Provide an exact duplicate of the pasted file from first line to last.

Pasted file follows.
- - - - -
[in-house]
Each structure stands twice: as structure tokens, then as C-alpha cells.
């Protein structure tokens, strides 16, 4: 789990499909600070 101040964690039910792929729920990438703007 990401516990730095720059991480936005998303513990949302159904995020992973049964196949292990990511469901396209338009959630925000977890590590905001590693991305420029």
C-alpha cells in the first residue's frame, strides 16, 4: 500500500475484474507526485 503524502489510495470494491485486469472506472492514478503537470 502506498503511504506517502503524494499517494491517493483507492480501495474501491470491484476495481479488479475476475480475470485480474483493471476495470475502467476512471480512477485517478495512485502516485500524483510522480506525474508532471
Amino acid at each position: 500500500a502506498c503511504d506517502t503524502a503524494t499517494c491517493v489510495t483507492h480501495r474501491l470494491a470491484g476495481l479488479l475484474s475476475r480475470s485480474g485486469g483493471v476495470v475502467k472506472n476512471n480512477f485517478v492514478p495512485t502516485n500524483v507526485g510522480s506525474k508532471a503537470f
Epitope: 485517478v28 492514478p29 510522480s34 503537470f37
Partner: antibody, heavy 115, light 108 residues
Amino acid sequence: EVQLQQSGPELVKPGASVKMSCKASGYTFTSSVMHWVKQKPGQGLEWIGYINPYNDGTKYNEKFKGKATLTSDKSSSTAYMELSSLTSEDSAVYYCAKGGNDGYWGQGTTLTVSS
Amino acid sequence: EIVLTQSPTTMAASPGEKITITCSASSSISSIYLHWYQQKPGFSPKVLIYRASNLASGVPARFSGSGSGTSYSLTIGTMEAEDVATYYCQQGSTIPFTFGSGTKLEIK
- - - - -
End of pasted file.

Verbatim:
[in-house]
Each structure stands twice: as structure tokens, then as C-alpha cells.
């Protein structure tokens, strides 16, 4: 789990499909600070 101040964690039910792929729920990438703007 990401516990730095720059991480936005998303513990949302159904995020992973049964196949292990990511469901396209338009959630925000977890590590905001590693991305420029």
C-alpha cells in the first residue's frame, strides 16, 4: 500500500475484474507526485 503524502489510495470494491485486469472506472492514478503537470 502506498503511504506517502503524494499517494491517493483507492480501495474501491470491484476495481479488479475476475480475470485480474483493471476495470475502467476512471480512477485517478495512485502516485500524483510522480506525474508532471
Amino acid at each position: 500500500a502506498c503511504d506517502t503524502a503524494t499517494c491517493v489510495t483507492h480501495r474501491l470494491a470491484g476495481l479488479l475484474s475476475r480475470s485480474g485486469g483493471v476495470v475502467k472506472n476512471n480512477f485517478v492514478p495512485t502516485n500524483v507526485g510522480s506525474k508532471a503537470f
Epitope: 485517478v28 492514478p29 510522480s34 503537470f37
Partner: antibody, heavy 115, light 108 residues
Amino acid sequence: EVQLQQSGPELVKPGASVKMSCKASGYTFTSSVMHWVKQKPGQGLEWIGYINPYNDGTKYNEKFKGKATLTSDKSSSTAYMELSSLTSEDSAVYYCAKGGNDGYWGQGTTLTVSS
Amino acid sequence: EIVLTQSPTTMAASPGEKITITCSASSSISSIYLHWYQQKPGFSPKVLIYRASNLASGVPARFSGSGSGTSYSLTIGTMEAEDVATYYCQQGSTIPFTFGSGTKLEIK